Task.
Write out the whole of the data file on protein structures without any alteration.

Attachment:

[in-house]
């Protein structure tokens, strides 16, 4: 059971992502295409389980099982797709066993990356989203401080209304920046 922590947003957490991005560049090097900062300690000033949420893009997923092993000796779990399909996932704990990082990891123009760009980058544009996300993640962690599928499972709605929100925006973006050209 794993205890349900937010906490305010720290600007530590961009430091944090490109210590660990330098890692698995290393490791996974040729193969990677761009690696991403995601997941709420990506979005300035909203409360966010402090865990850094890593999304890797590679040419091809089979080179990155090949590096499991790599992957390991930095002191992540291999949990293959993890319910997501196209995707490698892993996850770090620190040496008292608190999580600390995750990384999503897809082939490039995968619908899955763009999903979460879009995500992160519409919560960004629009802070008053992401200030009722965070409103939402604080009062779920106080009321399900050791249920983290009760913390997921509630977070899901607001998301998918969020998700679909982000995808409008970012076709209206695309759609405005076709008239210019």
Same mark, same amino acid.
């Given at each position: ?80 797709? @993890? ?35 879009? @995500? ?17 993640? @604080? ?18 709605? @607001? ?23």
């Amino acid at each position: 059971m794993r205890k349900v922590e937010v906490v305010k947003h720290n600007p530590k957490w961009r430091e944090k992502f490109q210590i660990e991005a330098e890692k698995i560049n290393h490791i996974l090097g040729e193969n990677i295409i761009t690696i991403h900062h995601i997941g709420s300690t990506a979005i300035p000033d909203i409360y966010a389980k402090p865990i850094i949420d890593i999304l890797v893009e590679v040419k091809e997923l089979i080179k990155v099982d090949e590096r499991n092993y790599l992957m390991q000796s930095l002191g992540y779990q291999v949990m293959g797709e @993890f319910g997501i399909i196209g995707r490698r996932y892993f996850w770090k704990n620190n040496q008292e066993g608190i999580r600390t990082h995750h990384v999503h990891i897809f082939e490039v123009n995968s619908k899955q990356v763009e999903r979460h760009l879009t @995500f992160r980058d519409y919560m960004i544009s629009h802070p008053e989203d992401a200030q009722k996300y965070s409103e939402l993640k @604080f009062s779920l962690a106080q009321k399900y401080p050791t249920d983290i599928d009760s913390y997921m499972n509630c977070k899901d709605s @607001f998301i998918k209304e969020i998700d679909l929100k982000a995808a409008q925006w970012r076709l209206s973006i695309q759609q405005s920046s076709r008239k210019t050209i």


[in-house]
């Protein structure tokens, strides 16, 4: 059971992502295409389980099982797709066993990356989203401080209304920046 922590947003957490991005560049090097900062300690000033949420893009997923092993000796779990399909996932704990990082990891123009760009980058544009996300993640962690599928499972709605929100925006973006050209 794993205890349900937010906490305010720290600007530590961009430091944090490109210590660990330098890692698995290393490791996974040729193969990677761009690696991403995601997941709420990506979005300035909203409360966010402090865990850094890593999304890797590679040419091809089979080179990155090949590096499991790599992957390991930095002191992540291999949990293959993890319910997501196209995707490698892993996850770090620190040496008292608190999580600390995750990384999503897809082939490039995968619908899955763009999903979460879009995500992160519409919560960004629009802070008053992401200030009722965070409103939402604080009062779920106080009321399900050791249920983290009760913390997921509630977070899901607001998301998918969020998700679909982000995808409008970012076709209206695309759609405005076709008239210019």
Same mark, same amino acid.
């Given at each position: ?80 797709? @993890? ?35 879009? @995500? ?17 993640? @604080? ?18 709605? @607001? ?23």
């Amino acid at each position: 059971m794993r205890k349900v922590e937010v906490v305010k947003h720290n600007p530590k957490w961009r430091e944090k992502f490109q210590i660990e991005a330098e890692k698995i560049n290393h490791i996974l090097g040729e193969n990677i295409i761009t690696i991403h900062h995601i997941g709420s300690t990506a979005i300035p000033d909203i409360y966010a389980k402090p865990i850094i949420d890593i999304l890797v893009e590679v040419k091809e997923l089979i080179k990155v099982d090949e590096r499991n092993y790599l992957m390991q000796s930095l002191g992540y779990q291999v949990m293959g797709e @993890f319910g997501i399909i196209g995707r490698r996932y892993f996850w770090k704990n620190n040496q008292e066993g608190i999580r600390t990082h995750h990384v999503h990891i897809f082939e490039v123009n995968s619908k899955q990356v763009e999903r979460h760009l879009t @995500f992160r980058d519409y919560m960004i544009s629009h802070p008053e989203d992401a200030q009722k996300y965070s409103e939402l993640k @604080f009062s779920l962690a106080q009321k399900y401080p050791t249920d983290i599928d009760s913390y997921m499972n509630c977070k899901d709605s @607001f998301i998918k209304e969020i998700d679909l929100k982000a995808a409008q925006w970012r076709l209206s973006i695309q759609q405005s920046s076709r008239k210019t050209i």